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How does anxiety affect you?


Natalie
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Anxiety disorders affect about 40 million American adults, so chances are that we have a significant number of readers dealing with these sorts of issues. Even though the disorders that are lumped together in this category may seem dissimilar at first glance (e.g., a person with obsessive compulsive disorder may seem nothing like a person with social phobia), at a basic level they are quite similar. Simply put, people with Anxiety Disorders are trying to cope with out of control physical and mental anxiety symptoms that make it difficult to live their lives and get things done. Another characteristic that is quite common across people with Anxiety Disorders is the sense of shame or embarrassment that they feel for not being able to control their symptoms.

One of the unique things about a Internet community is that individuals who have problems that make it difficult for them to leave their homes, or uncomfortable interacting with others face to face, can seek support and advice in a safe way. We encourage you to share your stories with others.

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Guest ASchwartz

Thank you for sharing experiences living with an anxiety disorder. I realize how very limiting and awful these anxiety disorders can be. I am also aware of how it can keep a person imprisoned in their home because of the fear of going and coping with others.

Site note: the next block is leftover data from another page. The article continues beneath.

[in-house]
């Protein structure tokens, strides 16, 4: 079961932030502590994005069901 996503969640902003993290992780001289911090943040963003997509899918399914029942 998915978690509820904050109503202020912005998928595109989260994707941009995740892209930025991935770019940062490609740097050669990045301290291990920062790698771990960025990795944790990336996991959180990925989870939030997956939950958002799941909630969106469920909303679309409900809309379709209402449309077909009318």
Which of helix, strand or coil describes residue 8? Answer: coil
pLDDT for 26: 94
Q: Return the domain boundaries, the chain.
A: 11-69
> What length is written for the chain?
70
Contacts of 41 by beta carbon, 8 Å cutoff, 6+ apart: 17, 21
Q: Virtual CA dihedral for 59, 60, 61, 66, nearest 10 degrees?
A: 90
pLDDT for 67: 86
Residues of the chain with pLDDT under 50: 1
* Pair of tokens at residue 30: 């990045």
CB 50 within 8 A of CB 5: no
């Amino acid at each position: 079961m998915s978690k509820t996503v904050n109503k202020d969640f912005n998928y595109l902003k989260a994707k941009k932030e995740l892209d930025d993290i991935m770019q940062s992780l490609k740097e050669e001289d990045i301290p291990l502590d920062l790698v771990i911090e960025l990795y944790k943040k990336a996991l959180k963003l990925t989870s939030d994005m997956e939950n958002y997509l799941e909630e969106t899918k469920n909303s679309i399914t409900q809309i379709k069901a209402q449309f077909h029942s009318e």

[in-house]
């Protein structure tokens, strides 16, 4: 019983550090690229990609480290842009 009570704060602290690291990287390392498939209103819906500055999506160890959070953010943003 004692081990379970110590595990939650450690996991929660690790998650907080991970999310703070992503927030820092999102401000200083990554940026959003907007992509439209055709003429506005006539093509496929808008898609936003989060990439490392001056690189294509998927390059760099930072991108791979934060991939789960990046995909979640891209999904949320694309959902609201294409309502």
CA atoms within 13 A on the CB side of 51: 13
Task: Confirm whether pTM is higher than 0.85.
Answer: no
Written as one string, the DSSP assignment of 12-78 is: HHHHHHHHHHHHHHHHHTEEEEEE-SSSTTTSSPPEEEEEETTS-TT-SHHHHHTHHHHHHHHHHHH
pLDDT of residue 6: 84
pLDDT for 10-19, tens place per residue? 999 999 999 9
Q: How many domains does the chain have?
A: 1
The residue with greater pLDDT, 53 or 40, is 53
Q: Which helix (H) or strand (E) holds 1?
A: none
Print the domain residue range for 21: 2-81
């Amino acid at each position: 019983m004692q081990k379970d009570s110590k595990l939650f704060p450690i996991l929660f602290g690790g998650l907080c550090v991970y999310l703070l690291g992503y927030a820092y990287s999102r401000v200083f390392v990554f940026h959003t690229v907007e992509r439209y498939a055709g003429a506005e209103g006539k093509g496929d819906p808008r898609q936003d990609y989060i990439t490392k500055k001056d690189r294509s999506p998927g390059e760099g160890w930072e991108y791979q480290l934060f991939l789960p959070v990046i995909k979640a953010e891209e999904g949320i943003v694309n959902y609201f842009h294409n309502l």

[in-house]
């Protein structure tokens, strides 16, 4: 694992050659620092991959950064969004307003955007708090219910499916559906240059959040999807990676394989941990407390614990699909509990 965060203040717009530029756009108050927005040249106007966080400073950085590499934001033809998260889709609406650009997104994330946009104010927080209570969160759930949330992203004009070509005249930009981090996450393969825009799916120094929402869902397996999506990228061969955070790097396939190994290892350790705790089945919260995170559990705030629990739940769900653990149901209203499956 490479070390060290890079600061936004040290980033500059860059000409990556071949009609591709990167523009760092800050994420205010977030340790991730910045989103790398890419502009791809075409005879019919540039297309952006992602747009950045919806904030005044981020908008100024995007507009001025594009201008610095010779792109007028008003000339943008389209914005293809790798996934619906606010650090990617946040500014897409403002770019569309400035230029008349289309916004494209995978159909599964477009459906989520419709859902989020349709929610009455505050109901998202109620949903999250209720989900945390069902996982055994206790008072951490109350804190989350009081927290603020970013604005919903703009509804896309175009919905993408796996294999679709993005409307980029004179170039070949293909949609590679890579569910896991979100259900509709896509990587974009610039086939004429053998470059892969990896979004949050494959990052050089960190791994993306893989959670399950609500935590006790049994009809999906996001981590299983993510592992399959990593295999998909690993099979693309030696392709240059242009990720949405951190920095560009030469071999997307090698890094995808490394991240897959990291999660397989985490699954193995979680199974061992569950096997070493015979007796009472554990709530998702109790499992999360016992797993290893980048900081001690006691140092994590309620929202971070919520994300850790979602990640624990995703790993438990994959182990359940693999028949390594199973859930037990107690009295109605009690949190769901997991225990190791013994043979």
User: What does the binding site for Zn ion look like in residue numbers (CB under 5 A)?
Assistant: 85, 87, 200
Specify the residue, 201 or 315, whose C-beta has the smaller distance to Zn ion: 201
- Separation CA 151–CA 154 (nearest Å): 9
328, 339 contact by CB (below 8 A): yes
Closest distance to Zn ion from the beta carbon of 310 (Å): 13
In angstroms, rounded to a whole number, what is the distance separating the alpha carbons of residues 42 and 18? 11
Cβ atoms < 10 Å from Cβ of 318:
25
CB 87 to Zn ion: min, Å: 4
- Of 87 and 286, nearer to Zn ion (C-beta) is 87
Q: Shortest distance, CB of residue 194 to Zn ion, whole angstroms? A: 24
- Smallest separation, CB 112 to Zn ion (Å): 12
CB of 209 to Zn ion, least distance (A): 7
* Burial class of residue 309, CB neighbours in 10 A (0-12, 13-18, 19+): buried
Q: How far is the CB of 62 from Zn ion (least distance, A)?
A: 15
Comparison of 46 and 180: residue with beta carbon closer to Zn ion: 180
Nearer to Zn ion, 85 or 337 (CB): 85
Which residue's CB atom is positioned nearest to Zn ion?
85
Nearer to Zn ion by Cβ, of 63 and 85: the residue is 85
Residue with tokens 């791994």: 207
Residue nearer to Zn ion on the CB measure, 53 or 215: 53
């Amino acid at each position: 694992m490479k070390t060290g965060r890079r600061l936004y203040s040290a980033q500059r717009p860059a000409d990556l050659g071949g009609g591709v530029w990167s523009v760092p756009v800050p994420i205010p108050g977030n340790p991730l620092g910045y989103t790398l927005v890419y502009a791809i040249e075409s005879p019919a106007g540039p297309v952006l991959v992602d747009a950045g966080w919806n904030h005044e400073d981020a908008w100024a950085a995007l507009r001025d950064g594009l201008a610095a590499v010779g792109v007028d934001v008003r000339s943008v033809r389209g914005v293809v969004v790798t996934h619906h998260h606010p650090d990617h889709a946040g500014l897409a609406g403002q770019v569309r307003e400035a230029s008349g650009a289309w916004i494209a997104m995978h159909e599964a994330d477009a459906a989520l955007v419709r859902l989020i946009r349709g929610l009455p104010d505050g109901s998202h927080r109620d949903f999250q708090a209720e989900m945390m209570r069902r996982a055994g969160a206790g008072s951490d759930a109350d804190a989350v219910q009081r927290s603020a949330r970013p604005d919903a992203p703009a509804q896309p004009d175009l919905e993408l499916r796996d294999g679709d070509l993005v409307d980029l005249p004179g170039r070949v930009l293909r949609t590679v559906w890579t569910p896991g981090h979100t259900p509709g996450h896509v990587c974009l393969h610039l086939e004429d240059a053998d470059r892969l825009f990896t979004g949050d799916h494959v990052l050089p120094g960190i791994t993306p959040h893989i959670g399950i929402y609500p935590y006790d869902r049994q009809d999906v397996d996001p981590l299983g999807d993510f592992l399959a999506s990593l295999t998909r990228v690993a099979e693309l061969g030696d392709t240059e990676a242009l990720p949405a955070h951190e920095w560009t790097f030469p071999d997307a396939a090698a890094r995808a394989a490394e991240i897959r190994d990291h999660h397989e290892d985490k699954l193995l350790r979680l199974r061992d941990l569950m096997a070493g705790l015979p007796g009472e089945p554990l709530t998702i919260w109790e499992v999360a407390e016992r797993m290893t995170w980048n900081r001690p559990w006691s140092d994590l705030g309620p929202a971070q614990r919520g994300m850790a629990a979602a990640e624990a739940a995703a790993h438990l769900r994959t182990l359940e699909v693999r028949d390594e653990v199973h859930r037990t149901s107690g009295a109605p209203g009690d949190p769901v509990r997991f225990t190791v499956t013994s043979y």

There are some mental health clinics that specialize in anxiety disorders and even send a psychiatist to the patient's home to do an evaluation and provide medication. This is followed up by visits from a paraprofessional who helps get patients out of the house, but gradually and with kindness and sensitivity. These paraprofessionals are themselves recovered anxiety disorderred patients who have been through the same program and know how to help people recover. I have seen it succeed.

Also, it's a good thing that you have joined our community where you can get a lot of support.

Allan Schwartz

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What sort of group treatment are you waitlisted for? I'm curious. Did they tell you the name of the treatment they intend to offer you?

I can certainly see how the different aspects of your anxiety interfere with your treatment seeking. People think that the OCD stuff is the worst and it is when it is really bad, but when you are really struggling with the basics of just dealing with people and being able to just engage a treatment, the social fears can be where the true action is at.

I can tell you that psychotherapy treatments for anxiety are pretty good these days, as are medication treatments. if/when you are finally able to engage a treatment program I think you are likely to feel some relief.

Please listen to these two podcasts as they are with leaders of modern day anxiety research. It may be enlightening for you.

Richard Heimberg, Ph.D.

David Barlow, Ph.D.

Mark

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You have asked a great question that many people wonder about. What do I work on first? Although I cannot answer that question directly for you, I can give you some insight into what a therapist might consider if you asked him or her that question.